Sydney to Singapore

Today was consumed by my 8 hour flight to Singapore.  These last 100 days in Australia and New Zealand have been so wonderful, but I’m very excited to see something different and have new experiences.  Plus it means I’m starting to move towards home which is nice.

My plane windows were actually clean for once, so I snapped some pics as we got closer to Singapore.  I’ve never seen so many islands before (or caught the sun setting from a plane), so I thought it was really cool to see.  I have no idea which countries are here, but I was glad to have had a window seat.


When I arrived in Sydney from Adelaide, I went to my most favourite spot – Circular Quay feat. the Sydney Opera House and Harbour Bridge.


Janetta and I met for one last dinner, and other than that it was a low key day.  I was saving all my excitement for my second day! The only thing I had left on my Sydney bucket list was to complete the Congee to Bondi Beach Coastal Walk, a coastal cliff walk spanning about 6km.

I picked the perfect time to do it – there was a breeze and the sun was only shining directly on me for a few small parts.  I can’t imagine doing the walk in the middle of summer! You can start at Bondi or Congee beach, but after speaking with Sydney friends, I decided I’d start at Congee.

Next up was Gordon’s Bay.

The trail continued to Clovelly Beach, which even had it’s own little swimming pool.

The next part of the path was damaged by storms in June 2016, so it now detours through Waverly Cemetery, perhaps the most stunning cemetery I’ve ever seen.

And then we were back to beaches, starting with Bronte Beach.

Tamarama Beach was next.

It touched briefly on Mackenzies Bay.

And then I arrived in Bondi Beach and the Icebergs pool (which was being overrun by the ocean)!  It was hard to believe this was the same beach that was completely covered by people in January, but I guess only the hardcore beach fans are out in the fall.

On my last day in Sydney I intended to go see an opera!  However, the only one on was playing in an uncovered outdoor theatre and it was raining.  So I had an early night in preparation for my flight tomorrow instead.


Barossa Valley

Today was my one organized day trip in Adelaide. South Australia is known for its wine, so I figured I’d have to head to the Barossa Valley and try it out for myself. The view from the drive was lovely.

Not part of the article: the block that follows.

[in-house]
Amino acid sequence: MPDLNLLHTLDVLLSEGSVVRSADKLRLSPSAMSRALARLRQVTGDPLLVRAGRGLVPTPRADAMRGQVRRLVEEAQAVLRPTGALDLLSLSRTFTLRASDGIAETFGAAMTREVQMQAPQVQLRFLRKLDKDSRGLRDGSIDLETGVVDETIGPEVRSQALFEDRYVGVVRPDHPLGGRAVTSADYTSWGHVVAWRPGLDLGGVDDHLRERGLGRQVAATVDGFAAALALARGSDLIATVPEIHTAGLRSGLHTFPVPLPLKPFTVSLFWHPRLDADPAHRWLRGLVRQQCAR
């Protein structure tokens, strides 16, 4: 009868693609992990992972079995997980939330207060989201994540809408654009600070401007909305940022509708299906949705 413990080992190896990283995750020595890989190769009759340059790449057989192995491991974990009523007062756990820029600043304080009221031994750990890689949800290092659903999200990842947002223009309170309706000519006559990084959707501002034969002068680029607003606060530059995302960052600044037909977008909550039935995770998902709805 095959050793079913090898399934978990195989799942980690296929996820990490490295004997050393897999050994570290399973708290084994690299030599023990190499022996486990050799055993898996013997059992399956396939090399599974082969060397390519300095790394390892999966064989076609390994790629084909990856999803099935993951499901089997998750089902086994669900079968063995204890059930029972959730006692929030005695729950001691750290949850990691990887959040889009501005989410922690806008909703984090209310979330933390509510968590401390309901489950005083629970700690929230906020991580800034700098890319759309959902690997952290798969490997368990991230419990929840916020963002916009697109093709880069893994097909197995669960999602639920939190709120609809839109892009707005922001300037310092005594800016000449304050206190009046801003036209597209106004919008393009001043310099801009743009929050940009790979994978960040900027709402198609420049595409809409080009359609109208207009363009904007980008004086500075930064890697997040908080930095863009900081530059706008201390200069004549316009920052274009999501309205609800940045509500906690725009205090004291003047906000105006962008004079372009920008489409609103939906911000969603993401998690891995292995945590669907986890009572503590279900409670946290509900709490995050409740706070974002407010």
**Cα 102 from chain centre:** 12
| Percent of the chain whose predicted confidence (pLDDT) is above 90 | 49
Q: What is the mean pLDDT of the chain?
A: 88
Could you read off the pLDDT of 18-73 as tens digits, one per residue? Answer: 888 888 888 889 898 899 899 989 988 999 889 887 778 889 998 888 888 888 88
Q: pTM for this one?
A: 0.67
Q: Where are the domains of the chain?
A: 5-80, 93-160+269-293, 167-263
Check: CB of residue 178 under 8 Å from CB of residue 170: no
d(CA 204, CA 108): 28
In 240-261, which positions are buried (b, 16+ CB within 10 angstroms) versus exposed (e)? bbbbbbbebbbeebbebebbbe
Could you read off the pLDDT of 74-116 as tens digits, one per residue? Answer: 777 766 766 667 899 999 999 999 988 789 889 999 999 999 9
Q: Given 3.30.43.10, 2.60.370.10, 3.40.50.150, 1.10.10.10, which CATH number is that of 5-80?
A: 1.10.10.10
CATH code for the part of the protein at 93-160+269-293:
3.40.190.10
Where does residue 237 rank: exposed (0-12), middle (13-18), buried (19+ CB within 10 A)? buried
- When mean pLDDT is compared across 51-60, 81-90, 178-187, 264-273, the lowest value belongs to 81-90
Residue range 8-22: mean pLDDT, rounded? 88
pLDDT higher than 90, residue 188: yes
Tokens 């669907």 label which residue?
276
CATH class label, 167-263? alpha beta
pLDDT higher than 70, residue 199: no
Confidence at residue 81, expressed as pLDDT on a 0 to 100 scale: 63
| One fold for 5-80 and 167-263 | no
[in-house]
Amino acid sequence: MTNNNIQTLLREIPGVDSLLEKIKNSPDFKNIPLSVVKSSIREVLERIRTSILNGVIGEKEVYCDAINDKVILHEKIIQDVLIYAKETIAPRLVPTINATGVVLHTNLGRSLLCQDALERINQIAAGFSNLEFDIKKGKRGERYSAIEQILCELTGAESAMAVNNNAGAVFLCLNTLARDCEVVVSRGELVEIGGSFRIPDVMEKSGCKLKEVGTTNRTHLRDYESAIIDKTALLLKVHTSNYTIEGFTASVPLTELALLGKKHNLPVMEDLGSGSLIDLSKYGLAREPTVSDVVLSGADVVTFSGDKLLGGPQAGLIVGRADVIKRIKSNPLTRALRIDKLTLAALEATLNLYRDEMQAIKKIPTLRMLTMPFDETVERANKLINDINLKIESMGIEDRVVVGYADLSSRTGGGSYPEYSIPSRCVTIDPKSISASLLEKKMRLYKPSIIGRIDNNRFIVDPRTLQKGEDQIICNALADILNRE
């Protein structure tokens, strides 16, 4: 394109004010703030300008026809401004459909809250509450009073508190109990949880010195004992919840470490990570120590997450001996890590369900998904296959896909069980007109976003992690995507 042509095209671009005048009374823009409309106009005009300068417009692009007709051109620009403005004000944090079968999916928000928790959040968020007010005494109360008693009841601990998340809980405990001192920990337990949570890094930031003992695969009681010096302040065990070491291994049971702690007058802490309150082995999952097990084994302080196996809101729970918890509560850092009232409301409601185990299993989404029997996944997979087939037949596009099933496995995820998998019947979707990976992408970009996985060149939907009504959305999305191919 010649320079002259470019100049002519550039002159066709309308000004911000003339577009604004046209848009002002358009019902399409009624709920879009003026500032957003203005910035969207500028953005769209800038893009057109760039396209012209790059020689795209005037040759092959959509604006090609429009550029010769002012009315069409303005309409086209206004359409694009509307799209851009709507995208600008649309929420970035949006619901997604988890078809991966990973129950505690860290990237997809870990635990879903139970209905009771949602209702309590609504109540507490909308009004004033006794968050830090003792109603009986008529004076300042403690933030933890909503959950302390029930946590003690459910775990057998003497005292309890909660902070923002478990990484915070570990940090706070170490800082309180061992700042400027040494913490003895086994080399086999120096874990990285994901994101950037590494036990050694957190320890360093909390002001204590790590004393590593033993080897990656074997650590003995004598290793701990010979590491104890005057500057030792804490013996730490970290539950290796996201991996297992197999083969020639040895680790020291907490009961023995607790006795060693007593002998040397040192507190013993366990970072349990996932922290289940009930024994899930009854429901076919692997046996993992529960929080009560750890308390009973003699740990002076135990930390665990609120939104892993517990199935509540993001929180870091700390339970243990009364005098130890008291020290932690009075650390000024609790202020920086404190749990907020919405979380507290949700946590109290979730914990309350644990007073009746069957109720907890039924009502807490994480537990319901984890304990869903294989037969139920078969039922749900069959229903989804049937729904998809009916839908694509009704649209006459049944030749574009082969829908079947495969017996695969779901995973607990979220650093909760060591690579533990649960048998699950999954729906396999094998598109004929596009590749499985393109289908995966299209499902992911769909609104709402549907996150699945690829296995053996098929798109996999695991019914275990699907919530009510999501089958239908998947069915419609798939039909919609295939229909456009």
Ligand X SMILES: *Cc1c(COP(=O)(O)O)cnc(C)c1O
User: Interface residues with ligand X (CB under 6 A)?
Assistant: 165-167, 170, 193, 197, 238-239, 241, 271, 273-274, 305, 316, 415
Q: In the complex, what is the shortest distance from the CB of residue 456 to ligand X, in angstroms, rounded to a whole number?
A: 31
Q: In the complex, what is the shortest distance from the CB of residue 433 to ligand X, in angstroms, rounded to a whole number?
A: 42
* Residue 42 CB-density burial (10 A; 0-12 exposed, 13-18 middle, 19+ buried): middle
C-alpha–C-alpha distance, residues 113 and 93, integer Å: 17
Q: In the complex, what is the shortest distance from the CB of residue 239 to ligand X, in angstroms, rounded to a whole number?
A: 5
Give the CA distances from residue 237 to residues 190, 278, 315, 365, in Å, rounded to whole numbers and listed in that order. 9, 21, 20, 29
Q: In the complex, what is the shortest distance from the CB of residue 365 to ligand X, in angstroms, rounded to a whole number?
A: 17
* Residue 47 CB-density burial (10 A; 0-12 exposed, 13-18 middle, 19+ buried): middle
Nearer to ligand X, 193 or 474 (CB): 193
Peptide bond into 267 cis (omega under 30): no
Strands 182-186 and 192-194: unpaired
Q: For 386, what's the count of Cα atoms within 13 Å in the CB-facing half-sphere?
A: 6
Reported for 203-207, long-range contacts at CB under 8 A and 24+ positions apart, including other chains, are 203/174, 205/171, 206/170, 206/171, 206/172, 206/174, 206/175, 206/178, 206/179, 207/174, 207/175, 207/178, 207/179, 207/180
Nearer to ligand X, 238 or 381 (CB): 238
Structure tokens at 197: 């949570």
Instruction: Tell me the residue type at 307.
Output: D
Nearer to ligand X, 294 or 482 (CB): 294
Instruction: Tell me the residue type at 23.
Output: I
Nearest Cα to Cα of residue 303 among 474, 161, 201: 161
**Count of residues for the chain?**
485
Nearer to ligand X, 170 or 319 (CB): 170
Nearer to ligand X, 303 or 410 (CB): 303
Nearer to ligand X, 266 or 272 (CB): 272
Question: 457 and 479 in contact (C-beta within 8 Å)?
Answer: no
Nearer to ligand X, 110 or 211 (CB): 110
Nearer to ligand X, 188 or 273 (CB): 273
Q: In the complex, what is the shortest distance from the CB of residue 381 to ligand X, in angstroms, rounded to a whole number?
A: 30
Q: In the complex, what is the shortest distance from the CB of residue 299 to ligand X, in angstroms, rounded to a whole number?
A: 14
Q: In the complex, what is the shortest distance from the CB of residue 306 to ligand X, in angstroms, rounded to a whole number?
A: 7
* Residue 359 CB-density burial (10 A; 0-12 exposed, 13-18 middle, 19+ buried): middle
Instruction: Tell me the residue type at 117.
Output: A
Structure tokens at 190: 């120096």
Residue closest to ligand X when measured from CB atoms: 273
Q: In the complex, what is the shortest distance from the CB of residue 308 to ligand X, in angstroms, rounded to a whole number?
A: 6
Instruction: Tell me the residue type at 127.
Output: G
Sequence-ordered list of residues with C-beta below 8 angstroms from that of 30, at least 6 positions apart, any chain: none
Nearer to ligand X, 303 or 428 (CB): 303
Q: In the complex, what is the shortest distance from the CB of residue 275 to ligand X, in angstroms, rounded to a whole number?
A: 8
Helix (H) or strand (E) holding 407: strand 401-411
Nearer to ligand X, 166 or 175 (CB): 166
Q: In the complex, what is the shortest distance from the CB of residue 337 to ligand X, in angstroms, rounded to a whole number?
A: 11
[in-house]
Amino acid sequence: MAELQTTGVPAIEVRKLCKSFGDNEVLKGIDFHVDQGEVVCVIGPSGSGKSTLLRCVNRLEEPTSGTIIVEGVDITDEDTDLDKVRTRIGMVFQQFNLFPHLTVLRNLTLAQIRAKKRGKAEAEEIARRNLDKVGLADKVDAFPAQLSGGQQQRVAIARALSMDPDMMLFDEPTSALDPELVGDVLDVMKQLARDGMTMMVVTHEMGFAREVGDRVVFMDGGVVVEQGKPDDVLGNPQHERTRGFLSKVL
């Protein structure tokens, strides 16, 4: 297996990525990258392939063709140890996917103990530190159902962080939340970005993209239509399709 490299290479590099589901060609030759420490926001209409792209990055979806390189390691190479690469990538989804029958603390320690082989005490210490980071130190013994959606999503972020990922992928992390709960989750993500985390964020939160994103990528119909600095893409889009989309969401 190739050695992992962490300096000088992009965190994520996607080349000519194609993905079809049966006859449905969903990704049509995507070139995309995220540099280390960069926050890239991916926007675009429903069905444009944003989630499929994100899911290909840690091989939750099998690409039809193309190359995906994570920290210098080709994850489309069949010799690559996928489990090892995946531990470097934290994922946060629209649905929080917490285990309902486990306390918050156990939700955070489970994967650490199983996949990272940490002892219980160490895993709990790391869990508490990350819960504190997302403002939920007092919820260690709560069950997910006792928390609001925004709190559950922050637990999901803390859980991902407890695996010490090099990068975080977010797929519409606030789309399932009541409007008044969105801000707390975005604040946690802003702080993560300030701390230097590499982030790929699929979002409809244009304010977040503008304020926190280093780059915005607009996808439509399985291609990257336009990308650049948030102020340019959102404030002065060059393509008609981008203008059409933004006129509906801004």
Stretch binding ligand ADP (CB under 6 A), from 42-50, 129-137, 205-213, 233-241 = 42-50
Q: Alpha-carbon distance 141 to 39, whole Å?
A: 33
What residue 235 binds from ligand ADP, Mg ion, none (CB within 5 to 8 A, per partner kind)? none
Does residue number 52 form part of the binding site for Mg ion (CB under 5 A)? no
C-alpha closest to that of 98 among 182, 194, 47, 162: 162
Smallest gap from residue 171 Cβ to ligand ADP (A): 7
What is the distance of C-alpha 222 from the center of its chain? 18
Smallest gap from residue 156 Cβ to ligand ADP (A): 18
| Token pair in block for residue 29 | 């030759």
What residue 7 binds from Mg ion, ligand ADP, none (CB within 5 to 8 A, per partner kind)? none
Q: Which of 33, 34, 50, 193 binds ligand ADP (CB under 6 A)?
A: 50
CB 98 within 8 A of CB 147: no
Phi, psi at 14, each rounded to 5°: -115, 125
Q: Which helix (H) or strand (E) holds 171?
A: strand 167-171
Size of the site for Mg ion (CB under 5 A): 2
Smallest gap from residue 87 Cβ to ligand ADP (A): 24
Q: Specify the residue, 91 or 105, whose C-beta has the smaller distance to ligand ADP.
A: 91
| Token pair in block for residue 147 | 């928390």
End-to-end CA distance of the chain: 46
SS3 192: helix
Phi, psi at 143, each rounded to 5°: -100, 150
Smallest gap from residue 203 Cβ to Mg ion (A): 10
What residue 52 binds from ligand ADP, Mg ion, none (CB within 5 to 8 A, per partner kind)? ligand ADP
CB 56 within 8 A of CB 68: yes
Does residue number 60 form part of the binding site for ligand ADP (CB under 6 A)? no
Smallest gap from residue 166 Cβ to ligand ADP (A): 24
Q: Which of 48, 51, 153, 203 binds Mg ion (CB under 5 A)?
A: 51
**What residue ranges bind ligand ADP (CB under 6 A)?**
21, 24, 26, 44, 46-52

Our first stop was to Te Aro Winery, but we stayed inside the cellar door for the tasting, so no pictures. Our next stop was to Maggie Beer’s Farm Shop.  Maggie is a big name here, so the Australian’s on board were very excited to be going to her shop. There were many samples inside, and a beautiful pond with turtles and ducks outside, so I quite enjoyed the stop.

We headed to Lambert Estates next for lunch and our next tasting.

We stopped at a lookout for a great view of the valley.

Our last winery of the day, Pindarie, was the best – the best wine and the best view.  The perfect end to a great day!


I got into Adelaide yesterday afternoon, and made a quick visit to the cinemas to watch Beauty & The Beast (it was fantastic). So today I got up bright and early and headed down to Glenelg on the tram, a nearby seaside town. It was cute, but had clearly become very touristy over the last few years.

That afternoon I wandered around Adelaide’s main strip, Rundle Mall, and got some good window shopping done.


Kings Canyon

Our last day in the outback definitely felt the longest! We woke up at 4 am, and got to Kings Canyon at 6 am. The plan was to hike the canyon, which is about 6 km/3.5 hours.  Because of the heat, the track closes at 10, so we had to get an early start.

When we started I didn’t know if I’d make it, because the hardest part is conveniently at the beginning, but once you make it past the accurately named ‘steep climb’ it gets much easier.  We started before sun rise, meaning we had a wonderful view of the sun rise from the canyon itself around 7.